The Trump era brings about changes to the world of tax law and many planning opportunities. But with it, many unintended consequences may require people to review their current plans. In doing so, people might find that there are opportunities which could significantly lower their tax bills. On December 22, 2017, the Tax Cuts and Jobs Act (“TCJA”) became law. This new bill is as exciting as it is complicated.
Altered Dispositions from Trusts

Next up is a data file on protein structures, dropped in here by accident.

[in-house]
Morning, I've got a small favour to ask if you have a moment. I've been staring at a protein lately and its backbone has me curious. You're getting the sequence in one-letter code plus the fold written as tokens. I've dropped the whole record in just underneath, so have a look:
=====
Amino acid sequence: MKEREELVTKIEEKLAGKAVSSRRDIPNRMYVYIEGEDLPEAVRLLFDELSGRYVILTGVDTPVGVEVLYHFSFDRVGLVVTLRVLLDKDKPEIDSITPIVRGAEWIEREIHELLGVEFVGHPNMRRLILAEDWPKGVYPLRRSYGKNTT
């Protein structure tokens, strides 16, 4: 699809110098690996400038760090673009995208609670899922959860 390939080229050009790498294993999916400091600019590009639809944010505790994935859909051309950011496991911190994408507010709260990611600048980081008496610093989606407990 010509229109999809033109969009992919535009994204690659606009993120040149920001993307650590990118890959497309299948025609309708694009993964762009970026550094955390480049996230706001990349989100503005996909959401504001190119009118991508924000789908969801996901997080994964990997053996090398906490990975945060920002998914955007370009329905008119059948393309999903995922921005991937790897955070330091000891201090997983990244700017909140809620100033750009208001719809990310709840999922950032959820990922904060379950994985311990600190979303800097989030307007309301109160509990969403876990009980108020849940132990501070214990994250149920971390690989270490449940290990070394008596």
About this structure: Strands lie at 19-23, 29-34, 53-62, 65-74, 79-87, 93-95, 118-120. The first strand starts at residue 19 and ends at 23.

While potentially being hailed as a great gift from Congress, there are consequences. To start, there is a double-edged sword with respect to the estate and gift tax exemption which has been essentially doubled allowing an individual to now pass just over $11 million free of estate and gift tax. This is great, right? Well, there are some issues. First, some states do not follow the federal exemptions and some wills and trusts may not work as intended. For instance, if someone has an traditional tax plan with credit shelter and marital trusts (an amount equal to the exemption amount funding the credit shelter first, with the rest funding the marital trust), there can be some serious missed opportunities as well as some unintended consequences. First, for individuals with a net worth below the exemption amount, all assets would pass to the credit shelter trust. While there would be a step-up at the first spouse’s, there would be no step-up in cost basis at the second death. This can result in higher income tax for the family, without any offsetting estate tax reduction. Further, pending any dispositive terms of the trust itself or the underlying credit shelter trust, the surviving spouse may lost intended access to the wealth in the credit shelter trust. Ideally, a disclaimer or similar plan would have allowed a wait-and-see approach and offered some chance to alleviate this situation. The last and potentially worst part is if the decedent died in a state that did not follow the federal estate tax current exemption, there could be a hefty state estate tax bill for the family. Additionally, many clients do not like the complexity of a multi-trust estate plan. A number of individuals now no longer need such plans to minimize estate tax. There may be an easy fix to all of this.